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What if you can no longer do heavy or any house work after being hurt in a car accident? What if your spouse now has to do most of the cooking, cleaning and other house chores, or has to look after you? Can you get compensation for this?

An innocent car crash victim is usually entitled to compensation from the person at fault for the accident (or their insurance company). Damages are intended to compensate for various losses you may have suffered – like past wage loss, loss of future earning capacity, cost of future care and loss of life enjoyment.

And, yes, “loss of housekeeping capacity” is another type of loss for which you might receive compensation. Sometimes it’s called an “in trust” claim because even though it’s the injured victim who has lost the ability to do things around the house, their claim is really on behalf of family members who step up to assist.

In a leading case, our B.C. appeal court upheld a damage award of $150,000 for such a claim. The circumstances were unusually tragic. Mrs. Miller (names changed), 58, was badly hurt when her car was crushed by a tractor-trailer in a Lower Mainland tunnel. She suffered extensive injuries, including a severe brain injury which left her with cognitive deficits.

The court concluded that Mr. Miller, who was devoted to his wife, had (and chose) to give her a lot of personal care. She now needed almost constant supervision and guidance. For example, she couldn’t be left alone to cook on a gas stove and she’d get confused grocery shopping. Basically, she couldn’t be left alone for long without endangering herself. The Millers’ lives and the time they spent together changed completely – Mr. Miller’s role essentially changed from marriage partner to personal caregiver.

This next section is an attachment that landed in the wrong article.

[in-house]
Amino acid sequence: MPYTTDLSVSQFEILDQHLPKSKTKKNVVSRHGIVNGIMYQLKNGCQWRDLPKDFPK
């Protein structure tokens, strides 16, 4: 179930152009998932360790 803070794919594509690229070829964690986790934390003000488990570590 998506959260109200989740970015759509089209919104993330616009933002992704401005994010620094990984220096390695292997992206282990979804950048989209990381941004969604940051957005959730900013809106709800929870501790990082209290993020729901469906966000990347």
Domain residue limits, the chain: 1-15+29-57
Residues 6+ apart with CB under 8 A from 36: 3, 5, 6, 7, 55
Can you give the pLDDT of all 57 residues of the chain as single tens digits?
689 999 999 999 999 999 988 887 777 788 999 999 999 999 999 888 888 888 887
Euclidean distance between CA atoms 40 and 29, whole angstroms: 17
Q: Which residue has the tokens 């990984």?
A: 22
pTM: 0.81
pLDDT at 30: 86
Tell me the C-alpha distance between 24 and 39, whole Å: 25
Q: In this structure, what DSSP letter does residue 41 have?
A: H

The court pointed out that you (or your caregiving family member) don’t actually have to hire a personal services person in order to win compensation for this type of claim. That’s because it’s your loss of capacity (i.e., your ability to look after yourself and others), an asset, that is being compensated for – even if you don’t actually hire a replacement housekeeper. In this case, what Mr. Miller took on went significantly above and beyond what could be expected from the fact of his being Mrs. Miller’s marriage partner.

How much to award for loss of housekeeping capacity isn’t always easy to figure out. Here, the defence wanted the appeal court to reduce the $150,000 award, which was based on “about six hours” of daily care from an outside care support worker. The court said no, however. It was unrealistic to expect Mr. Miller, in these trying circumstances, to have kept a precise calculation of his caregiving time. And without his help, Mrs. Miller would not have been able to live independently in her home.

Our courts approach claims for loss of housekeeping capacity quite cautiously. If family members only have to help a little more around the house because you were injured, the compensation for this will be small, if anything.

Janice Mucalov, LL.B. for Gertsoyg & Company. This column provides information only and must not be relied on for legal advice. Please call Gertsoyg & Company at (604) 602-3066 for a free legal consultation concerning your particular case.